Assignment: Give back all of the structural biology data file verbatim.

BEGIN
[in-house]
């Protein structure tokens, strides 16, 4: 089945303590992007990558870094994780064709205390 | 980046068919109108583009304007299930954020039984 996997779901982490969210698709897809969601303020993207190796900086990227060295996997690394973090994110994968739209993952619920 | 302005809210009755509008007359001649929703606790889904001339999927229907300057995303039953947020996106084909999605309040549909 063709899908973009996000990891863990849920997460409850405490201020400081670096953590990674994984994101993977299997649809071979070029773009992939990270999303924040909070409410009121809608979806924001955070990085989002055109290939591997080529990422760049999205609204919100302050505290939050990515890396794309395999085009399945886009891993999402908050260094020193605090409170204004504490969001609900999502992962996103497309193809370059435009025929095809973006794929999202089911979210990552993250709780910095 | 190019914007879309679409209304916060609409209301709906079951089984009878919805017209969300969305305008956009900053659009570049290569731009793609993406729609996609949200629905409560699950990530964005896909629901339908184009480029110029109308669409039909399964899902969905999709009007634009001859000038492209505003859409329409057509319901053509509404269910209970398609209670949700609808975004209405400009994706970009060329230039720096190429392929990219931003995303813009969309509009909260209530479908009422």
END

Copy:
[in-house]
């Protein structure tokens, strides 16, 4: 089945303590992007990558870094994780064709205390 | 980046068919109108583009304007299930954020039984 996997779901982490969210698709897809969601303020993207190796900086990227060295996997690394973090994110994968739209993952619920 | 302005809210009755509008007359001649929703606790889904001339999927229907300057995303039953947020996106084909999605309040549909 063709899908973009996000990891863990849920997460409850405490201020400081670096953590990674994984994101993977299997649809071979070029773009992939990270999303924040909070409410009121809608979806924001955070990085989002055109290939591997080529990422760049999205609204919100302050505290939050990515890396794309395999085009399945886009891993999402908050260094020193605090409170204004504490969001609900999502992962996103497309193809370059435009025929095809973006794929999202089911979210990552993250709780910095 | 190019914007879309679409209304916060609409209301709906079951089984009878919805017209969300969305305008956009900053659009570049290569731009793609993406729609996609949200629905409560699950990530964005896909629901339908184009480029110029109308669409039909399964899902969905999709009007634009001859000038492209505003859409329409057509319901053509509404269910209970398609209670949700609808975004209405400009994706970009060329230039720096190429392929990219931003995303813009969309509009909260209530479908009422």